All Tennessee kickoffs 7 p.m. local time
Boyd-Buchanan (11-1) at Knoxville Grace Christian (10-1)
The key: Grace Christian was kept out of the 2011 playoffs by TSSAA decree and enters tonight's game with a 20-1 record the past two seasons. Conversely, a narrow loss to Class 4A Maplewood likely cost the Buccaneers a top seed and actually relegated them to a No. 3 seed, thus their back-to-back road trips. While Boyd-Buchanan was beating Rockwood 27-19 in its first playoff game, the Rams were enjoying a bye as Quadrant 1's top-seeded team. In Week 2 when Boyd-Buchanan went on the road to knock off second-seeded Oneida 21-6, Grace was at home pulling out a 28-20 win over Silverdale Baptist. Bucs coach Grant Reynolds didn't want to compare scores -- his team beating Silverdale 32-7 early in the year and the Rams topping the Seahawks by eight. "Silverdale improved a whole lot from our game with them, which was pretty early in the season, and Grace was without one of their top players," he said. That top player was running back Will McKamey, a Naval Academy commitment and son of Rams coach Randy McKamey. He suffered a severe concussion against South Pittsburg in Week 10 and spent several days at Erlanger Hospital before being released. His parents have said he will not play anymore this year. Other common opponents are Rockwood, which Grace defeated 12-7, and South Pittsburg, which the Rams beat 47-27 and which Boyd-Buchanan downed 35-21. Boyd-Buchanan has three shutout wins but none since it beat Unaka 53-0 in Week 7, the same week Grace got its only shutout (35-0 over Tellico Plains). The teams are comparable in size, although the Bucs might have better overall team speed. Road games don't bother Reynolds, who likes getting his players for close to six hours before kickoff and getting them away from parents, girlfriends and other distractions so "they can hone in on what they have to do."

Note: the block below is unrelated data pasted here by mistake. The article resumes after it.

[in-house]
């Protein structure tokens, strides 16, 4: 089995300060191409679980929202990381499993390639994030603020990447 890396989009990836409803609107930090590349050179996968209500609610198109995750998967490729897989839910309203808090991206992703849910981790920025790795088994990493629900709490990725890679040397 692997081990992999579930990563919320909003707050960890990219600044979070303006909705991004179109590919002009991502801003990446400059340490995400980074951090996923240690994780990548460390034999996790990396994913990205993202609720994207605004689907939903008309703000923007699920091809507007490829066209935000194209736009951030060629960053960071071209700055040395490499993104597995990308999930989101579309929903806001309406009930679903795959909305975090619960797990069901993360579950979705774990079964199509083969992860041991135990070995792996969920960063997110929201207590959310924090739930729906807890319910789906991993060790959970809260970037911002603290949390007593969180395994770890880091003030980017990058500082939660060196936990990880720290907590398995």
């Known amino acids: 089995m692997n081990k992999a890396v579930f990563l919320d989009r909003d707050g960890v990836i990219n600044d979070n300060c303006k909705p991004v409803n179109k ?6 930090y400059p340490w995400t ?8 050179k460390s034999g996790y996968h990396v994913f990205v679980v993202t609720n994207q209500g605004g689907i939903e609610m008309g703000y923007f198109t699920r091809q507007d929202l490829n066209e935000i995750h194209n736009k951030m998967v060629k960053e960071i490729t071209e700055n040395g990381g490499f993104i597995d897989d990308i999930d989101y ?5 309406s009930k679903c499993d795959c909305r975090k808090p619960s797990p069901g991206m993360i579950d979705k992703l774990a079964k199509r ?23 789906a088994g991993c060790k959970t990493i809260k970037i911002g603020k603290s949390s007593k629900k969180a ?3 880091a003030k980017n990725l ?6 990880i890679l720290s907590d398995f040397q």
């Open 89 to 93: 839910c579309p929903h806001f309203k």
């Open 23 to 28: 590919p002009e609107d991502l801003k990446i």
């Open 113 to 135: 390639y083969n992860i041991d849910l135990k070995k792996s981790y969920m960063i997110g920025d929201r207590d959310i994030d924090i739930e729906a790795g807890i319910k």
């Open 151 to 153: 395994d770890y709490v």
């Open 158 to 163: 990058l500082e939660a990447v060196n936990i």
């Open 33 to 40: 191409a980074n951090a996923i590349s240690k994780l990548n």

The key players: The Rams, a pure wing-T team with athletic running backs, will miss McKamey, but quarterback Devin Smith (6-4, 180) has hurt opponents throwing and running. For Boyd-Buchanan, it's quarterback Jim Cardwell and primary running back Rance Harden with Cameron Pope emerging as a running and receiving threat. The Bucs offense will be determined by the defense without too much of a hassle. If Grace, which employs a 50-look with a big noseguard, stacks the box, they easily shelve their running game and throw. They did that last week after throwing just two passes the week before. A big key for the Bucs is the play of two-way senior tackle Malik Brewer (6-4, 320).
The next step: A semifinal against the winner between Friendship Christian and Marion County. The Bucs would travel to the Friendship-Marion winner; Grace would visit Friendship but host Marion.
Marion County (9-2) at Friendship Christian Academy (10-1)
The key: Marion's Warriors have found ways to win all season long yet will face their steepest challenge yet tonight at Lebanon. The Commanders have had an extremely balanced offense all season and are riding an eight-game winning streak featuring their shotgun spread attack. Marion will have to rely on its ability to not get behind the chains, using its power rushing attack to keep the ball away from the Commanders offense.
The key players: There hasn't been a lot of style yet plenty of substance to the Warriors offense, led by running back Blake Zeman and his brother, quarterback Matt. FCS has been led by quarterback A.J. Long, who was all-state in Pennsylvania before moving to Lebanon before the end of last school year. He spearheads the Commanders, averaging 23.6 yards per completion, and has thrown 28 touchdowns to only one interception. Steven Hollis is the team's leading rusher with 776 yards and 12 scores as FCS has averaged 190 yards passing and 188 rushing. Linebacker Tanner Martin is a Mr. Football finalist.